OATMAN — This time, Tanya Wohlschlag got what she came for. 

When she first entered the Oatman Sidewalk Egg Fry in 2018, Wohlschlag left without a medal.

But she did take a look around and built a better strategy for the competition, in which participants try to heat eggs on a Main Street sidewalk using nothing but the power of the sun and their own ingenuity. 

Wohlschlag made what she described as “a little oven,” using hot rocks, foil, a piece of glass and an iron skillet.

“I learned from last year,” she said Thursday. “I took a little of everybody’s from last year — and my own ideas, of course.”

The judges declared her eggs the best cooked in the event.

The 12 participants used a variety of techniques in the hope of getting their eggs done within the allotted 15 minutes. Many used magnifying glasses, some used cast-iron skillets and some used some variations of foil-lined boxes.

Steve Simmons of Bullhead City was rewarded for his creativity with the best-device award. Simmons’ contraption started with a glass candy jar and some gasket material to keep the heat in. He used a bicycle inner tube to keep the lid firmly on the jar.

It seemed at first that Simmons might do well in the cooking.

“When I opened the jar to put the eggs in, I scalded my fingers,“ he said. “It’s hot enough that if we had bread, it would be rising now.”

Alas, the yolks of Simmons’ eggs broke, disqualifying him.

His grandson, Zachary Schultz, tried a more traditional method: a magnifying glass and a cast-iron skillet. The eggs stayed intact and bubbled, but did not cook.

“Net year we will put the small pan inside the glass,” Simmons said. “Maybe it will be a success.”

Schultz, however also did not walk away empty-handed. He was honored as the contestant who came the greatest distance to the Egg Fry — from Louisville, Kentucky (1,592 miles as the crow flies).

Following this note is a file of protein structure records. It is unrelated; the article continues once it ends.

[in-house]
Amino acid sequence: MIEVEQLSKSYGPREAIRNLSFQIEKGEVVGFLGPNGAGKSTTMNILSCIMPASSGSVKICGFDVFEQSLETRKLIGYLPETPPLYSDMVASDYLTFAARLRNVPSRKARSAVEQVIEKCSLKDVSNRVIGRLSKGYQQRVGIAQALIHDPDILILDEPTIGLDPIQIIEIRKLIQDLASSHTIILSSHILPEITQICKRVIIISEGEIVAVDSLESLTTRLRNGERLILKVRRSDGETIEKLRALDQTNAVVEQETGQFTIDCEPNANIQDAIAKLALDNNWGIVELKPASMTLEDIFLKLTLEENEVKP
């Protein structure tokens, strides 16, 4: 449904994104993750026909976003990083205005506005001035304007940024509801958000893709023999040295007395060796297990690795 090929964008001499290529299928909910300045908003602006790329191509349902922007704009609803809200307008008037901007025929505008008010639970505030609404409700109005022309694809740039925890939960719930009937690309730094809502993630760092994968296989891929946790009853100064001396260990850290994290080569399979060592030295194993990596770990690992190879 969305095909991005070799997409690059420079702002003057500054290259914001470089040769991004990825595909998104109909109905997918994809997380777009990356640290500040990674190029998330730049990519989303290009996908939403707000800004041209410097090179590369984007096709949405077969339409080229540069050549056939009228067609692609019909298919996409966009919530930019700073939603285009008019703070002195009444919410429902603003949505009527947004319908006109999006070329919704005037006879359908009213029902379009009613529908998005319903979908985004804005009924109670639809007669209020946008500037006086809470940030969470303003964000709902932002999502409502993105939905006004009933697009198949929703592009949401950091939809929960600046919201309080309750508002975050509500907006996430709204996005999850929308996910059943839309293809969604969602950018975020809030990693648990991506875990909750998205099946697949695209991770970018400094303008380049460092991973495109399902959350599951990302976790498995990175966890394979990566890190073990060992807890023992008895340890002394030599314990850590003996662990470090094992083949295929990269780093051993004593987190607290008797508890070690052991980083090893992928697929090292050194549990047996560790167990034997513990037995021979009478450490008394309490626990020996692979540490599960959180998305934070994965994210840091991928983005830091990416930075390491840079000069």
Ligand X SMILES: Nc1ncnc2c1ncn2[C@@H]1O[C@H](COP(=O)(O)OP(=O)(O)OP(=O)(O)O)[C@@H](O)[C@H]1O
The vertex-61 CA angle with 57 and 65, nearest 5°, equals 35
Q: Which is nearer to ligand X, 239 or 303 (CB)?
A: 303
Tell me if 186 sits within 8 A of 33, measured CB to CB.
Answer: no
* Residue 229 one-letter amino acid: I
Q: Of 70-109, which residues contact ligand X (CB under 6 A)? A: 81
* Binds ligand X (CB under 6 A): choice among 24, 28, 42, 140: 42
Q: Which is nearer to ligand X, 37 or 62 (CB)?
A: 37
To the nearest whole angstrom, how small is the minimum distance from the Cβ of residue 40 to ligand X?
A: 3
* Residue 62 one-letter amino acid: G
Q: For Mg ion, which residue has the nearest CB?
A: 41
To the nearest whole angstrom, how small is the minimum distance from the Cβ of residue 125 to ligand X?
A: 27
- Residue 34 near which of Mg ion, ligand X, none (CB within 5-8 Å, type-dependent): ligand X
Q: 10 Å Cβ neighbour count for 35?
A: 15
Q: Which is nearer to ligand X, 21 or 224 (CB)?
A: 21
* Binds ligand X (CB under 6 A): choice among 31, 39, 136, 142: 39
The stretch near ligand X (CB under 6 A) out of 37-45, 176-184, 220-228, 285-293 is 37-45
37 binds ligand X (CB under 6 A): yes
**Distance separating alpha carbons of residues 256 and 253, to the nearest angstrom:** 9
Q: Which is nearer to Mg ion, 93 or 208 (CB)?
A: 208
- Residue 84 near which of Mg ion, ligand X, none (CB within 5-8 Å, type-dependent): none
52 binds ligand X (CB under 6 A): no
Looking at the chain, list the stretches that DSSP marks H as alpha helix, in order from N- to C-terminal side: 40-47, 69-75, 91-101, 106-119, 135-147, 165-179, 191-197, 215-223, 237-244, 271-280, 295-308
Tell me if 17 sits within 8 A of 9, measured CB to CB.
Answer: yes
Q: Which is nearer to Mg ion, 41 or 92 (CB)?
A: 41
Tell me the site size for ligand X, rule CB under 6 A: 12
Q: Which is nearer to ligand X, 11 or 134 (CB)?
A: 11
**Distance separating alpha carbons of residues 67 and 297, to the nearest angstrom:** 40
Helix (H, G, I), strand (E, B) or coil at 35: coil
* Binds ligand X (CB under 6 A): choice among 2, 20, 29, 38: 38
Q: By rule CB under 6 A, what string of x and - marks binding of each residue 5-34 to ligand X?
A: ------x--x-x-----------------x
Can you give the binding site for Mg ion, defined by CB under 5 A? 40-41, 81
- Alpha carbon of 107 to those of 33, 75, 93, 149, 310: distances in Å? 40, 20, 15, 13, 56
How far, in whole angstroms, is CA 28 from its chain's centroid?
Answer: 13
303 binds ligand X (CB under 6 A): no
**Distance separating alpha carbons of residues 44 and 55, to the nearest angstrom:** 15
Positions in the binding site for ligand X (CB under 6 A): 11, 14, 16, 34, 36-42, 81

The spirit award went to 7-year-old Mia Pierson of Los Angeles, who like older sister, Brooklynn, wore a stars-and-stripes patterned dress and a headband bearing red, white and blue pinwheels.

The girls’ mother, Melissa Pierson, said she regularly attends the Egg Fry, though it was Mia’s first time. Pierson said it’s a fun family event and a way to bring a community together.

Tim Burns, of Las Vegas, said he had a family friend who has attended the Egg Fry for 20 years who finally talked him into going. His magnifying glass method didn’t get his eggs cooked, but he said he’ll definitely be back.

“I’ve already have plans in the works for next year,” Burns said of his 2020 device.

The event is a fundraiser for the Oatman Chamber of Commerce. Chamber President Darin Lowry said many of the 150 or so spectators were expected to stay in the former mining town for a while before heading toward the Colorado River for nighttime fireworks.

The temperature during Thursday’s event was 108 degrees Fahrenheit, event organizer Fred Eck said. Some years, it’s been hotter, some years cooler, but that doesn’t change the participants’ job, he said.

“It’s still up to the device,” Eck said. “You’ve gotta have the device.”

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